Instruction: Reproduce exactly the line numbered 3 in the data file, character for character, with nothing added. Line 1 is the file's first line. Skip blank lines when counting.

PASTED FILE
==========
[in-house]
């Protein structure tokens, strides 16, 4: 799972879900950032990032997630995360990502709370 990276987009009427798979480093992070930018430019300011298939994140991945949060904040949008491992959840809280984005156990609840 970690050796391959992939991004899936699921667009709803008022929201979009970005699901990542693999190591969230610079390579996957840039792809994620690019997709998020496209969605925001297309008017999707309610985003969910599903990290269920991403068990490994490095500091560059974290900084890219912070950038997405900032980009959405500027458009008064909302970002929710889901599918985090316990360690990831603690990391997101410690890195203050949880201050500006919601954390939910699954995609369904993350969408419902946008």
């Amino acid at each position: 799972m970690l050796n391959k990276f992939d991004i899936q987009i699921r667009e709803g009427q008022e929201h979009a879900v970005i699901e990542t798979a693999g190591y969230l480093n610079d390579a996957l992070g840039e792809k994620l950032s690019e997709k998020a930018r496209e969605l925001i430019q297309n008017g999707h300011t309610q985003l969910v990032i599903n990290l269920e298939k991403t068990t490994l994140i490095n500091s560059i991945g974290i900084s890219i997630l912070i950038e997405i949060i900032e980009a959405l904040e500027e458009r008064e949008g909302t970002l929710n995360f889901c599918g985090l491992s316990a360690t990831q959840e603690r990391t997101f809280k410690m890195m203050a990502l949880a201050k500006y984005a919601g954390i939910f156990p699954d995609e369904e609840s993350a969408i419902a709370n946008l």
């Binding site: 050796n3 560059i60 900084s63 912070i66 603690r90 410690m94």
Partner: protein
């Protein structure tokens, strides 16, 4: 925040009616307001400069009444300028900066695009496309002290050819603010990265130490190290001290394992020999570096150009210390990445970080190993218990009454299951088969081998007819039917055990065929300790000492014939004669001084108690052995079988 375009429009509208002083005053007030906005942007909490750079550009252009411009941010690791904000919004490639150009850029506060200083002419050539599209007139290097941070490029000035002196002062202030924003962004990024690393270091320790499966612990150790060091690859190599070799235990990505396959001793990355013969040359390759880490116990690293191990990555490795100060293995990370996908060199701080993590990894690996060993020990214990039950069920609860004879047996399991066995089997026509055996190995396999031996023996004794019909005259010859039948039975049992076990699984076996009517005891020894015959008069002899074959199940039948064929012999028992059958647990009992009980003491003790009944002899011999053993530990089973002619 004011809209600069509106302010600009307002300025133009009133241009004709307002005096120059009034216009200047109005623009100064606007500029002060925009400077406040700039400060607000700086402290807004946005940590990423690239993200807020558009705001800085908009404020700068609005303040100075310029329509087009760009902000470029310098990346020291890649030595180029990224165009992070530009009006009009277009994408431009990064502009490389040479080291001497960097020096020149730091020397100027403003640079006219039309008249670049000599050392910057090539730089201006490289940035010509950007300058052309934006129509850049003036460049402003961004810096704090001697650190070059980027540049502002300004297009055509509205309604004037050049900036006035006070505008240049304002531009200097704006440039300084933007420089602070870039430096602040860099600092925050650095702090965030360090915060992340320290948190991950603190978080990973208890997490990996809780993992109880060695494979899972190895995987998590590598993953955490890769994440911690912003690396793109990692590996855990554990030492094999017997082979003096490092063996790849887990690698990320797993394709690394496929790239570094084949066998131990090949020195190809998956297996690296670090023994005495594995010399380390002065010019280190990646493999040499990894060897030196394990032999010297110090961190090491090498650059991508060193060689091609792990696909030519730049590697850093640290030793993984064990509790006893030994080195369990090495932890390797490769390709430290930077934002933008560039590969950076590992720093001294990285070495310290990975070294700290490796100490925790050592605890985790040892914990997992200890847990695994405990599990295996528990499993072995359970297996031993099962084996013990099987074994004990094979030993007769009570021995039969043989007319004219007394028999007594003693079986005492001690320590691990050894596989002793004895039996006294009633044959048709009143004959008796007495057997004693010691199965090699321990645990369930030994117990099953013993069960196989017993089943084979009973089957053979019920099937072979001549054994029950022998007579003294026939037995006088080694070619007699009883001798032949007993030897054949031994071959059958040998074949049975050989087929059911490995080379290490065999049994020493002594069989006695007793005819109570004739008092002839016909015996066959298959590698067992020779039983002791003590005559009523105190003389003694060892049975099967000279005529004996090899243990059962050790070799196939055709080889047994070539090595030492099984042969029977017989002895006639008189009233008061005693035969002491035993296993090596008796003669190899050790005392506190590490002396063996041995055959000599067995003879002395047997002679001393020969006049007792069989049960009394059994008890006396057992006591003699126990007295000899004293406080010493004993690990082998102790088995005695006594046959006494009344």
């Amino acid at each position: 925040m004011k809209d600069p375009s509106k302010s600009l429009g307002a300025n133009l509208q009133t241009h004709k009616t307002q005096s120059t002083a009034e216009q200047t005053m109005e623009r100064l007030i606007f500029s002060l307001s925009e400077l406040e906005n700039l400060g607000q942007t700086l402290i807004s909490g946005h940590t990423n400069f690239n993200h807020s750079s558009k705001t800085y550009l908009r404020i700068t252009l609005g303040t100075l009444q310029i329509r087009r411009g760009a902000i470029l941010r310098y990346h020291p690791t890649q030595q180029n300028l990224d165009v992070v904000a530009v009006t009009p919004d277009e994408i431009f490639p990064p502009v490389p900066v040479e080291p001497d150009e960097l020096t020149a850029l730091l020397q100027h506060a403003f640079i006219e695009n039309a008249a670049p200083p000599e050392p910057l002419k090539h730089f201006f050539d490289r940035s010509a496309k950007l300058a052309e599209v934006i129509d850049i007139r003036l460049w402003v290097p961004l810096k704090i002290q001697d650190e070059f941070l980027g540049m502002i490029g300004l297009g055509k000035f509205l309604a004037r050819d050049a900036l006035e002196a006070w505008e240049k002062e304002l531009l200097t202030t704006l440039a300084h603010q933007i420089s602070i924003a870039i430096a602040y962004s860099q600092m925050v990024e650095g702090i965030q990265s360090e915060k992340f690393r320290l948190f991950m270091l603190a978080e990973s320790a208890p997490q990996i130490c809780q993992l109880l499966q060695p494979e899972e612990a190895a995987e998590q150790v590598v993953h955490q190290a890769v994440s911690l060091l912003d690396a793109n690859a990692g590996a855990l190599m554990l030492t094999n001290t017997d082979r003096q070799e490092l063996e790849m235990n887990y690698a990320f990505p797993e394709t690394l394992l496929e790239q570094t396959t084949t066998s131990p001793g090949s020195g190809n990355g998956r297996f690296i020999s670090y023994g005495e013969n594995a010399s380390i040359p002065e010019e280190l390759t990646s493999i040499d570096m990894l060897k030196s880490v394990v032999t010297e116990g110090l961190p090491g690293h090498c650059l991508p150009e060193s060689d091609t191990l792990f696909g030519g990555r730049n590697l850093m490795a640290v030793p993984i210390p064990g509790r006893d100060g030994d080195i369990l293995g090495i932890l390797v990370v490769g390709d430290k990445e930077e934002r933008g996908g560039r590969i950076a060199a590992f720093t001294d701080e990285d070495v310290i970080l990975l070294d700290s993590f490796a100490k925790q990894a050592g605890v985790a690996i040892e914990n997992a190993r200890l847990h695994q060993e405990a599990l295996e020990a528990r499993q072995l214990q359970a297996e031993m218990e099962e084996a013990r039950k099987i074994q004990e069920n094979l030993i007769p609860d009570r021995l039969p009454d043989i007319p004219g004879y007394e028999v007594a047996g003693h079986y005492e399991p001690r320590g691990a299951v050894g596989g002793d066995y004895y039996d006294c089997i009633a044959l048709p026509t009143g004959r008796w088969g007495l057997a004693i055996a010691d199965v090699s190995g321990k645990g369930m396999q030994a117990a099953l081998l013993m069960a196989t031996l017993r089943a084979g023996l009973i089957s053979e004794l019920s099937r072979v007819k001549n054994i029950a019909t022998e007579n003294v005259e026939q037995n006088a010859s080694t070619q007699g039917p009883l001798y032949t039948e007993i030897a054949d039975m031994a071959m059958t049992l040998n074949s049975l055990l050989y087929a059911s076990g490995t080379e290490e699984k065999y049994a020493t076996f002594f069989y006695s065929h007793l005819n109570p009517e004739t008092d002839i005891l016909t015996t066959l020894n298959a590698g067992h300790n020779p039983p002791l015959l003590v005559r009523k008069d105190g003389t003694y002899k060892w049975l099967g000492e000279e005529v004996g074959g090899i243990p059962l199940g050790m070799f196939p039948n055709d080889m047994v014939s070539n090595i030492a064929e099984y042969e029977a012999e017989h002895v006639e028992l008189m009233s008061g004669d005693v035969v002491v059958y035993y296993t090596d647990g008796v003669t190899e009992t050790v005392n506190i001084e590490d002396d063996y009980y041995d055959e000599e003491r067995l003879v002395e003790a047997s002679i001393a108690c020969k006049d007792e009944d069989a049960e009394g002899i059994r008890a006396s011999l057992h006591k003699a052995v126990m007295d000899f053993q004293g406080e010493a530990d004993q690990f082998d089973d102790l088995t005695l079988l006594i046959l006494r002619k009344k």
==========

């Amino acid at each position: 799972m970690l050796n391959k990276f992939d991004i899936q987009i699921r667009e709803g009427q008022e929201h979009a879900v970005i699901e990542t798979a693999g190591y969230l480093n610079d390579a996957l992070g840039e792809k994620l950032s690019e997709k998020a930018r496209e969605l925001i430019q297309n008017g999707h300011t309610q985003l969910v990032i599903n990290l269920e298939k991403t068990t490994l994140i490095n500091s560059i991945g974290i900084s890219i997630l912070i950038e997405i949060i900032e980009a959405l904040e500027e458009r008064e949008g909302t970002l929710n995360f889901c599918g985090l491992s316990a360690t990831q959840e603690r990391t997101f809280k410690m890195m203050a990502l949880a201050k500006y984005a919601g954390i939910f156990p699954d995609e369904e609840s993350a969408i419902a709370n946008l």